(BBG) Christian Sewing knows how to bring down expenses, but some say he lacks a grand vision.
As chief of Deutsche Bank AG’s retail division, Christian Sewing earned a reputation as an unapologetic cost-cutter who closed hundreds of branches, reduced staff by 7 percent—3,100 positions—over two years, and sold operations in Poland and Portugal. Today, as the company’s chief executive officer, he’s following a similar playbook. But there’s far more at stake as he faces restive shareholders dismayed by more than $10 billion in losses over the last three years.
Since April, when he was appointed CEO of the battered bank, Sewing has cut an additional 1,700 jobs, told bankers they can no longer buy first-class train tickets, eliminated daily office fruit bowls, and is planning to shrink the New York office 30 percent and move away from Wall Street. It’s part of a pledge Sewing made to trim overhead at least 8 percent by 2019. “We’ll have to make progress on costs,” he said at an August banking conference in Frankfurt. “It’s about what we can control ourselves: making the business profitable.
Sewing’s hardest task will be convincing investors and employees that he can break out of the bank’s cycle of serial disappointments. Revenue has fallen 21 percent in the last two years and is on track to drop again in 2018, to its lowest level in a decade. The investment bank is losing market share, the asset management division has been unable to stem outflows, and the stock has plunged to near-record lows since Sewing took over. The CEO has acknowledged that he has little more than a year to mend the bank’s shattered credibility. “If Sewing next year says they’ll continue to miss targets, that would be a big problem,” says Daniel Regli, an analyst with brokerage MainFirst.
There are persistent rumors that Deutsche Bank is considering a merger as a way out, most likely a tieupwith crosstown rival Commerzbank AG. But at a strategy conclave in Hamburg on Sept. 14-15, the supervisory board and top managers examined potential combinations with partners in Germany and abroad and decided the time isn’t right for such a deal. Sewing has told people around him that the company must first better integrate Postbank, the financial arm of the country’s postal service that Deutsche Bank bought in 2010 but never managed to bring under one roof with its own operations.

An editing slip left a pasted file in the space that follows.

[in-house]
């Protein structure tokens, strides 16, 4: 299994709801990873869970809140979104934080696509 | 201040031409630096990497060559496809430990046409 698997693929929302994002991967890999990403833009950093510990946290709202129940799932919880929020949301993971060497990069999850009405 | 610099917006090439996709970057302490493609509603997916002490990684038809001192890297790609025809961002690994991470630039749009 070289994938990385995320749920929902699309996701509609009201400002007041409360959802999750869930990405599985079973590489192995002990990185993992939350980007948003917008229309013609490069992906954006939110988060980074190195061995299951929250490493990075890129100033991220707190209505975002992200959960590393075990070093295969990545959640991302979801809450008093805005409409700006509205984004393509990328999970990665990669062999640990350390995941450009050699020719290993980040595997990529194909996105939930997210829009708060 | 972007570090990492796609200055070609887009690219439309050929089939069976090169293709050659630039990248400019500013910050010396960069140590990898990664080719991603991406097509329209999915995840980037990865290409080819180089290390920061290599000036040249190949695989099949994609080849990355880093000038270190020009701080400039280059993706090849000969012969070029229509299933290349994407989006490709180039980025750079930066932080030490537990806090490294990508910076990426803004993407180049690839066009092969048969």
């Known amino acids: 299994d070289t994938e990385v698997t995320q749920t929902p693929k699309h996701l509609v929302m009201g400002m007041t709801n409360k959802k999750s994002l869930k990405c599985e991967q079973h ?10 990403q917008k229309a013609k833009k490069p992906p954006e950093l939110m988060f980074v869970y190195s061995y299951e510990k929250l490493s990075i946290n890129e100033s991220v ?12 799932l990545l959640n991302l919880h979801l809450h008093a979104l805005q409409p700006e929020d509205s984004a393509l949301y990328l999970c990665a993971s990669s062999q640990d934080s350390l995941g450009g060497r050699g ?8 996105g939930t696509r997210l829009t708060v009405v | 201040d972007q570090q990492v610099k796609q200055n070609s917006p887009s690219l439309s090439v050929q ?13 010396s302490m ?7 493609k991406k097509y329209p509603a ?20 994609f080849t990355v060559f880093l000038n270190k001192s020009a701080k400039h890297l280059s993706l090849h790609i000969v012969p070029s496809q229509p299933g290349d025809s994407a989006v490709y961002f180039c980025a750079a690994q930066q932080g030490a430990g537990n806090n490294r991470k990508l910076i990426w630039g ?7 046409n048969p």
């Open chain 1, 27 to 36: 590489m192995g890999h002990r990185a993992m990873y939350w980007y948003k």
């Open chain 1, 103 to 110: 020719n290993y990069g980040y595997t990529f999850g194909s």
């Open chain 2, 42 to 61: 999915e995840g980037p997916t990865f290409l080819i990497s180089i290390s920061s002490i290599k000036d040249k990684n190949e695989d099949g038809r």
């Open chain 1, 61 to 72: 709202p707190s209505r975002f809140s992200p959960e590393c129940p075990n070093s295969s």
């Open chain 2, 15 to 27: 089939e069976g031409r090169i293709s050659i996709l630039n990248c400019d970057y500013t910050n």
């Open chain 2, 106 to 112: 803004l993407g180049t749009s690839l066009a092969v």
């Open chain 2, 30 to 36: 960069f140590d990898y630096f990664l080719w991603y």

The new CEO contrasts sharply with his predecessors John Cryan and Anshu Jain, Brits who joined Deutsche Bank after rising to executive roles at rival investment banks. Sewing is a German who’s spent almost his entire career at the company, starting as a trainee at a branch in his hometown of Bielefeld and climbing the ladder in Frankfurt and abroad. He earned recognition from regulators for his work leading Deutsche Bank’s investigation into its role in allowing suspicious money transfers out of Russia—for which the bank was fined almost $700 million last year. In 2010 he joined senior management as chief credit officer, and he’s since served as deputy chief risk officer and audit boss.
Sewing commutes home most weekends to see his wife and four children near Bielefeld, a four-hour drive north of Frankfurt headquarters, and his deep roots in Germany have helped him cultivate strong ties with the country’s economic and political elite. He can be seen quaffing beers with bigwigs from Germany’s blue chip companies and has shared the stage with Finance Minister Olaf Scholz at industry conferences. “Sewing, a homegrown talent from the very beginning, represents the classic bank business in the European tradition,” says Michael Seufert, an analyst with NordLB.
Befitting the first German to run the bank as sole CEO in more than a decade, Sewing aims to shift away from Asia and the U.S., instead emphasizing Europe and especially Germany. The question is whether he has the charisma and vision to lead a sprawling operation with 100,000 employees spread across five continents. While his track record suggests that Sewing is good at increasing efficiency, his plan consists mainly of cutting expenses.
Deutsche Bank has gone through three other turnaround plans since 2015, and insiders fret that Sewing’s retrenchment will end up eliminating many global outposts. An investor who recently talked to Sewing said the CEO failed to adequately answer any questions that extended beyond his 2019 targets. And one top manager says Sewing rejected an argument that job cuts posed a risk to the unit’s effectiveness. “I don’t see Sewing as a visionary,” says Michael Hünseler, a fund manager at Assenagon Asset Management. “He’s a rational, adaptable CEO, but he doesn’t seem to like to make big bets.”
In April he ordered a review of the investment bank—meaning job cuts—which unsettled international clients and employees alike. Indeed, most of the positions eliminated in the second quarter were at the investment bank, and he’s dismantled teams doing equity research or strategic advisory work in Brazil, Dubai, and Japan. With many top staffers jumping ship, Sewing has sought to quash uncertainty by traveling the world—since becoming CEO he’s made five trips to the U.S. and three to Asia—to underscore the bank’s commitment to a global footprint. And he’s instituted get-togethers the company calls the “Hour of Truth,” where workers from all levels are encouraged to ask him questions.
His aim is to restore credibility and a sense of pride to an institution that’s become a symbol of failed expectations. Having witnessed the brutal defenestration of Cryan—whose tenure was marked by conflict with Supervisory Board Chairman Paul Achleitner and, ultimately, a failure to cut expenses—Sewing is trying to avoid what he’s called the bank’s “pattern of negative surprises” in fourth-quarter costs. “We’ve gone through a difficult phase,” Sewing said at the Frankfurt conference. “We need to reawaken our pride.” —With Nicholas Comfort